Singer/songwriter Ray Bonneville has released a new CD called “Easy Gone” with music that reflects his musical and personal journey from French-speaking Canada to his current home in Austin,Texas. The eclectic artist’s fan base extends from Texas to various parts of North America and Europe. VOA’s Greg Flakus reports from Austin.
Video

Video Millions Labor in Pakistan's Informal Economy

The World Bank says that in Pakistan, roughly 70 percent work in the so-called informal sector, a part of the economy that is unregulated and untaxed. VOA's Sharon Behn reports from Islamabad on how the informal sector impact's the Pakistani economy.
Video

Video Passover Celebrates Liberation from Bondage

Jewish people around the world are celebrating Passover, a commemoration of their liberation from slavery in Egypt more than 3,300 years ago. According to scripture, God helped the Jews, led by Moses, escape bondage in Egypt and cross the Red Sea into the desert. Zlatica Hoke reports that the story of the Jewish Exodus resonates with other people trying to escape slave-like conditions.
Video

Video Police Pursue Hate Crime Charges Against Kansas Shooting Suspect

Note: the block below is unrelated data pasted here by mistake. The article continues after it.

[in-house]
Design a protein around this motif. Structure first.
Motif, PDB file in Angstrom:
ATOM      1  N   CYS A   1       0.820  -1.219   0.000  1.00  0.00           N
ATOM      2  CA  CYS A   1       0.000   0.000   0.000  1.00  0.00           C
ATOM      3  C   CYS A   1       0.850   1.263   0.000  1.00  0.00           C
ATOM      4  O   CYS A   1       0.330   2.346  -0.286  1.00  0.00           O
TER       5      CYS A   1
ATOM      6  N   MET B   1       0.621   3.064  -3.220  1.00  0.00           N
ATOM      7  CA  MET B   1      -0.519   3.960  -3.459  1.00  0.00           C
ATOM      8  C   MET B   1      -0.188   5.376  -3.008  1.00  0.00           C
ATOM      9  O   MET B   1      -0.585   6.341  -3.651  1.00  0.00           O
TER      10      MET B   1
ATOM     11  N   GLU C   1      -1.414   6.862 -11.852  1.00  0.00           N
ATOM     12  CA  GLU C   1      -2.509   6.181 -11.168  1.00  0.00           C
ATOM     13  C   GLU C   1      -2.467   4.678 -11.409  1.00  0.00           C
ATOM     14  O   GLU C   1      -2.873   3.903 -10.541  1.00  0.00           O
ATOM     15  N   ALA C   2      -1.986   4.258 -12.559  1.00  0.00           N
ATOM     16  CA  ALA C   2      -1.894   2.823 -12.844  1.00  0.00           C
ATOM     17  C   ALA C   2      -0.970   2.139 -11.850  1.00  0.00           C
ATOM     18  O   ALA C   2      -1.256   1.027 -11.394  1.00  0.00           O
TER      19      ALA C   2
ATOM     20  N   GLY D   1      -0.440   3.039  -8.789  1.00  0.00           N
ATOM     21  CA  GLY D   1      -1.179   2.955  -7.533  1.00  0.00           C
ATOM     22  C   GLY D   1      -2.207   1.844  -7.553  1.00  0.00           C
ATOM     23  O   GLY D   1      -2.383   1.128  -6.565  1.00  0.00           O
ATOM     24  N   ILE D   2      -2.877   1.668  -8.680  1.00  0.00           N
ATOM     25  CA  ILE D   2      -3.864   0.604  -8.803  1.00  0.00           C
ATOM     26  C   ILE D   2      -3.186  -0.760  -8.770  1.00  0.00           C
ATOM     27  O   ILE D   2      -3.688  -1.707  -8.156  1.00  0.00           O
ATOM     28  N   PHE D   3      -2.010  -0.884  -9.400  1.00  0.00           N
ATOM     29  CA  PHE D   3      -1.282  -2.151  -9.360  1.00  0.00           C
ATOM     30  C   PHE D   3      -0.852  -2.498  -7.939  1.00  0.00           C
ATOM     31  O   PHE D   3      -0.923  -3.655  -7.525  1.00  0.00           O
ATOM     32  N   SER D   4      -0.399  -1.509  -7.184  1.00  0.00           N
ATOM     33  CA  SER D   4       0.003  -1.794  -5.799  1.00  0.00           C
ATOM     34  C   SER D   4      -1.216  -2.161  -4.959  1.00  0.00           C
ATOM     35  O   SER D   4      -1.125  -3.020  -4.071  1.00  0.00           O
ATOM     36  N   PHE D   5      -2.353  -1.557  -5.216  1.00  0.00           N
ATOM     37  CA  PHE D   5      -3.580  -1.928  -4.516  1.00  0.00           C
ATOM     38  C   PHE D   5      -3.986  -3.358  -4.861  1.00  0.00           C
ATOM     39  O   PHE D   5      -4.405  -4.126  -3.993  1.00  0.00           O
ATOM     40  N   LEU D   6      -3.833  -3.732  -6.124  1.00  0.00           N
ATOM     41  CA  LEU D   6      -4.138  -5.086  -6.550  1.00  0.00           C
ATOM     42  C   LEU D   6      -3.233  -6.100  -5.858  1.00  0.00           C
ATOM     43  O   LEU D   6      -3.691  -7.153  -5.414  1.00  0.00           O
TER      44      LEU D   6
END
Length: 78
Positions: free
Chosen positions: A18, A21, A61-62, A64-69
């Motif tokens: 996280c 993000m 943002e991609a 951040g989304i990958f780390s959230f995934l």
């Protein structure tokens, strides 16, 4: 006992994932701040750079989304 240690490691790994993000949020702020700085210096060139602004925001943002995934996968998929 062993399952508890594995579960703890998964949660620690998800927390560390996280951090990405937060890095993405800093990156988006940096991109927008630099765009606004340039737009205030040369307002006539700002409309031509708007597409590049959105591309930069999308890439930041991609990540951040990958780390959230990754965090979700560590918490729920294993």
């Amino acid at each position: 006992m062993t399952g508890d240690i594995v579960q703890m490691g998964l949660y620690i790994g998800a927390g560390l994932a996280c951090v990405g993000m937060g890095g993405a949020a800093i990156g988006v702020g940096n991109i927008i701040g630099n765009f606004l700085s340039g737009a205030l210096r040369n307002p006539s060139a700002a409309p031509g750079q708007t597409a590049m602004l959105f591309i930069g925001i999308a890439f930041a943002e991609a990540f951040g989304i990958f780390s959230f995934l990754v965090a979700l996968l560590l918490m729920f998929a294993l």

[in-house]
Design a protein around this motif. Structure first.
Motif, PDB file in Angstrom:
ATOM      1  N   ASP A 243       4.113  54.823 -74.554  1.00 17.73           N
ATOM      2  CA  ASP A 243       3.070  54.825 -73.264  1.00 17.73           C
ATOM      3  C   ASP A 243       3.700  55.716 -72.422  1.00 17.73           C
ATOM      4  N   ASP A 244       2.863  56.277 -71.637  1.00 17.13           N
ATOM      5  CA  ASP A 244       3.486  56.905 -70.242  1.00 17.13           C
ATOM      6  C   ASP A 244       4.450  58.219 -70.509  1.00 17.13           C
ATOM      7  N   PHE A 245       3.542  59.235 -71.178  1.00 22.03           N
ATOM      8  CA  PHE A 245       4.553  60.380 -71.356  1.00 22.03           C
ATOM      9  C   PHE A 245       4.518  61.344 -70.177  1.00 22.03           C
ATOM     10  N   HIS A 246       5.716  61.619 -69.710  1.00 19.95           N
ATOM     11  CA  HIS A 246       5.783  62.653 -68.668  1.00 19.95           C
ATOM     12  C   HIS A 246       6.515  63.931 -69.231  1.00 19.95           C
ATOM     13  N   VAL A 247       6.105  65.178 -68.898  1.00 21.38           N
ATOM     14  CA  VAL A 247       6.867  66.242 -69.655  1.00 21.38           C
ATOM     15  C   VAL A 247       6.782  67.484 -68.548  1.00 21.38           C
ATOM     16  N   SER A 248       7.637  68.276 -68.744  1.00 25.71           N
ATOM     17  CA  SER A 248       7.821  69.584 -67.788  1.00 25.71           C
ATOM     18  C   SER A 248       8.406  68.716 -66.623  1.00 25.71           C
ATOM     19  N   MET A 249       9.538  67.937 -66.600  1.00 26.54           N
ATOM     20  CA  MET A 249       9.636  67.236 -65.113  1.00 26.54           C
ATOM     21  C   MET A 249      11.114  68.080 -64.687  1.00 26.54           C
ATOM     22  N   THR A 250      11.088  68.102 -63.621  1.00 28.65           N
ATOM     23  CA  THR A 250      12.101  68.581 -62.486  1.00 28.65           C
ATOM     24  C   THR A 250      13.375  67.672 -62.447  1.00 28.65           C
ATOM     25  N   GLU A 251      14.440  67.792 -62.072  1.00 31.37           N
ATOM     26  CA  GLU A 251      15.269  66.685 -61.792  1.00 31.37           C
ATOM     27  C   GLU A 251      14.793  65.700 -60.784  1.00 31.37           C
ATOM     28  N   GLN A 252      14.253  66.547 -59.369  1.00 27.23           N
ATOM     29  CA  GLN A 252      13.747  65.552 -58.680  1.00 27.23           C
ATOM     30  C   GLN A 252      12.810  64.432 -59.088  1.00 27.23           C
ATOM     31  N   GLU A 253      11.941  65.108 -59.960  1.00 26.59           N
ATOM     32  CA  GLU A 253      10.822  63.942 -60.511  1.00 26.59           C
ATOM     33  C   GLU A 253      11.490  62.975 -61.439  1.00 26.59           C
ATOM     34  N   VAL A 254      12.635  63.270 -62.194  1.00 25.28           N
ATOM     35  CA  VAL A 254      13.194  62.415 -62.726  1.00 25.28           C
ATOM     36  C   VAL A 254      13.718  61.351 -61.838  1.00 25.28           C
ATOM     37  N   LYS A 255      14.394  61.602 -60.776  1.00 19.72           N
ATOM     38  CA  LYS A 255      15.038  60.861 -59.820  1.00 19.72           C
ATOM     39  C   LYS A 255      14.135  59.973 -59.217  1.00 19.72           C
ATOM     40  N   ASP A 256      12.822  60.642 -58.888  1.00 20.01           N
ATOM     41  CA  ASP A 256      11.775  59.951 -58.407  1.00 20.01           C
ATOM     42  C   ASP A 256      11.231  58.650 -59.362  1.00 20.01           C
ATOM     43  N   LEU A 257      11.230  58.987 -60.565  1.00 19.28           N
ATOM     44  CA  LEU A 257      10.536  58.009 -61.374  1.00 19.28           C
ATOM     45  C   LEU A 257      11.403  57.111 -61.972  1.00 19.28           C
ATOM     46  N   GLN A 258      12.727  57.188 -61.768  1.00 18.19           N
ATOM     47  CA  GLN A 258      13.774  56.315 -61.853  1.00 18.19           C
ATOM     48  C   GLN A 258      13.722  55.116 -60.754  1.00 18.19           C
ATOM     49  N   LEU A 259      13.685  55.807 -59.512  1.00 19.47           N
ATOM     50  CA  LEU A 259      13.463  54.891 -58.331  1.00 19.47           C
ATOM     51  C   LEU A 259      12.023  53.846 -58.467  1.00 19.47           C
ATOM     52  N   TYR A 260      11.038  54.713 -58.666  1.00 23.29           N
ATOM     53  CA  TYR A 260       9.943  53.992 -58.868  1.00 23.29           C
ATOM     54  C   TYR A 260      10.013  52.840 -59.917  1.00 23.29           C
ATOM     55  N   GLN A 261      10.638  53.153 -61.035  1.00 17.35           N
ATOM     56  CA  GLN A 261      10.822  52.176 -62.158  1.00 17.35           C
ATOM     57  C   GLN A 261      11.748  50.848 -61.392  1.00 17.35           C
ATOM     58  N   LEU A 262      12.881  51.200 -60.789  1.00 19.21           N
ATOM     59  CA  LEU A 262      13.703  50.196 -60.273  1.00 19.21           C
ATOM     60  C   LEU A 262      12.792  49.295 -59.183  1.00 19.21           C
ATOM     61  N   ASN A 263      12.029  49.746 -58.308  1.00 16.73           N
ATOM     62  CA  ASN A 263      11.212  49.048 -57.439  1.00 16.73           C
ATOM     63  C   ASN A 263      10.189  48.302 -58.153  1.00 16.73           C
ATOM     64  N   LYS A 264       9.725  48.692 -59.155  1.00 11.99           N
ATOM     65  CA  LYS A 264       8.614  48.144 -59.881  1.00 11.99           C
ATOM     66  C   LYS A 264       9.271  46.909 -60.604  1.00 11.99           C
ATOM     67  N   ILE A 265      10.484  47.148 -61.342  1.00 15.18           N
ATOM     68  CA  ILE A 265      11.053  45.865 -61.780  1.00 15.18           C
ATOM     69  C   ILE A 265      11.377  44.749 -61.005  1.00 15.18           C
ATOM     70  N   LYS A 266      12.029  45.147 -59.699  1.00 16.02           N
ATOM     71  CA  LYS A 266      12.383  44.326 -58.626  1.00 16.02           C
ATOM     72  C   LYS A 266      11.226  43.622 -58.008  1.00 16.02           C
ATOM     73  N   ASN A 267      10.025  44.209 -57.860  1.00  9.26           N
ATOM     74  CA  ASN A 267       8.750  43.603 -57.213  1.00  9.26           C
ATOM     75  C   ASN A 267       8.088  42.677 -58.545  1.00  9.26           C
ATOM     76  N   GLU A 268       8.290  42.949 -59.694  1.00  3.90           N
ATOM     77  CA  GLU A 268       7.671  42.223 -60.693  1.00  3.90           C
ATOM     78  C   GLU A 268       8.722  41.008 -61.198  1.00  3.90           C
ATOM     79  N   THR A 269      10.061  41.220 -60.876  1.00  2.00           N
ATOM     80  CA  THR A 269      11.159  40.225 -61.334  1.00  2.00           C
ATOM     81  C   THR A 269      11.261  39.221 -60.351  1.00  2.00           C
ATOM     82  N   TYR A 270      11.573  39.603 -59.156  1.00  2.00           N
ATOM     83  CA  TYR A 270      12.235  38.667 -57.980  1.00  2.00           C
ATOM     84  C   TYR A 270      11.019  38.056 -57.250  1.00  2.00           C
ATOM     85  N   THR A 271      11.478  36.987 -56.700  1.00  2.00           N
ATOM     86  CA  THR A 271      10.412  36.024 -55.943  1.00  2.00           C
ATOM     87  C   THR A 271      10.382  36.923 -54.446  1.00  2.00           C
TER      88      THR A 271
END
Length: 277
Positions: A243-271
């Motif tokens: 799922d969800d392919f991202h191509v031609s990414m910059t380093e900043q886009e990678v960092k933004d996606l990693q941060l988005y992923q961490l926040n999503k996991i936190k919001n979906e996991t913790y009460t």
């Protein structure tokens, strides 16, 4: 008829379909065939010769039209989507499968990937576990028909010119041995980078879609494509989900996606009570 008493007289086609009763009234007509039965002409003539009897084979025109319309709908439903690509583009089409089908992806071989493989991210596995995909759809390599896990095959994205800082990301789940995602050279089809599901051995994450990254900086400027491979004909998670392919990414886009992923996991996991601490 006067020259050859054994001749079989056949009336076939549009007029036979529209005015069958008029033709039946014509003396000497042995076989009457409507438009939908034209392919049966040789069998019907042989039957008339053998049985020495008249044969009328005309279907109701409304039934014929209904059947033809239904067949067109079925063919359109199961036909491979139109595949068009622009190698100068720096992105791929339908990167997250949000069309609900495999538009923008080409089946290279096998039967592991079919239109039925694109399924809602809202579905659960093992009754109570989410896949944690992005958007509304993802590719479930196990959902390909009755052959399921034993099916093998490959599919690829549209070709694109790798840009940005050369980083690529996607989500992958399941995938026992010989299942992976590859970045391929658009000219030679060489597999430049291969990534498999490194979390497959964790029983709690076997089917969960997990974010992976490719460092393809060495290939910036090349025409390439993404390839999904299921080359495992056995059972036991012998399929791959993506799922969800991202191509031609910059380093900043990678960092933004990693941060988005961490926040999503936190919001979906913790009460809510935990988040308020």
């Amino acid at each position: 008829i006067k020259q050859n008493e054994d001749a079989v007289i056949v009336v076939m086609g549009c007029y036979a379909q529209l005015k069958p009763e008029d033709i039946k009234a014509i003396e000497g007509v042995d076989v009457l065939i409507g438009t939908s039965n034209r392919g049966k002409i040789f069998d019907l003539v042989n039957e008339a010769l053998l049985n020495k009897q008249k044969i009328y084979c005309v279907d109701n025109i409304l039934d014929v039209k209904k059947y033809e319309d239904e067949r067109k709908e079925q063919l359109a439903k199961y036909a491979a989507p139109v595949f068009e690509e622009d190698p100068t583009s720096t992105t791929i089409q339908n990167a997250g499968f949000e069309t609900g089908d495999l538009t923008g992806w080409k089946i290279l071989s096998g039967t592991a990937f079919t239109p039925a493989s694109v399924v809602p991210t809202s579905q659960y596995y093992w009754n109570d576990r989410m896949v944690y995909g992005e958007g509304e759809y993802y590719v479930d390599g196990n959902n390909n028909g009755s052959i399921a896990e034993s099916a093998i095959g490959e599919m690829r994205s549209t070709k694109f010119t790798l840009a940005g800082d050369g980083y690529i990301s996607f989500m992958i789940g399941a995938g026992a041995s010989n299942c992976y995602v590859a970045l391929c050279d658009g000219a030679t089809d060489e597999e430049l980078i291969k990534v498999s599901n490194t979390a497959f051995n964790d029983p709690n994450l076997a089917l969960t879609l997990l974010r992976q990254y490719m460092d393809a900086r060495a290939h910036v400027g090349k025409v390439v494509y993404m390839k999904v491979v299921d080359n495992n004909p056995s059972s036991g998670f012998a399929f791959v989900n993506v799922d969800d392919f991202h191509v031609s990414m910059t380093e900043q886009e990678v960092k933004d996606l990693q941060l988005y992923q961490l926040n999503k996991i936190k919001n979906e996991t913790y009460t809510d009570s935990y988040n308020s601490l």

Prosecutors are sifting through the evidence in the wake of Sunday’s shootings in a suburb of Kansas City, Missouri that left three people dead. A suspect in the shootings taken into custody is a white supremacist. As VOA’s Kane Farabaugh reports, he was well-known to law enforcement agencies and human rights groups alike.
Video

Video In Eastern Ukraine, Pro-unity Activists Emerge from Shadows

Amid the pro-Russian uprisings in eastern Ukraine, there is a large body of activists who support Ukrainian unity and reject Russian intervention. Their activities have remained largely underground, but they are preparing to take on their pro-Moscow opponents, as Henry Ridgwell reports from the eastern city of Donetsk.
Video

Video Basket Maker’s Skills Have World Reach

A prestigious craft show in the U.S. capital offers one-of-a-kind creations by more than 120 artists working in a variety of media. As VOA’s Julie Taboh reports from Washington, one artist lucky enough to be selected says sharing her skills with women overseas is just as significant.
Video

Video UN Report Urges Speedier Action to Avoid Climate Disaster

A new United Nations report says the world must switch from fossil fuels to cleaner energy sources to control the effects of climate change. The Intergovernmental Panel on Climate Change released the report (Sunday) following a meeting of scientists and government representatives in Berlin. The comprehensive review follows two recent IPCC reports that detail the certainty of climate change, its impacts and in this most recent report what to do about it. VOA’s Rosanne Skirble has the details.
AppleAndroid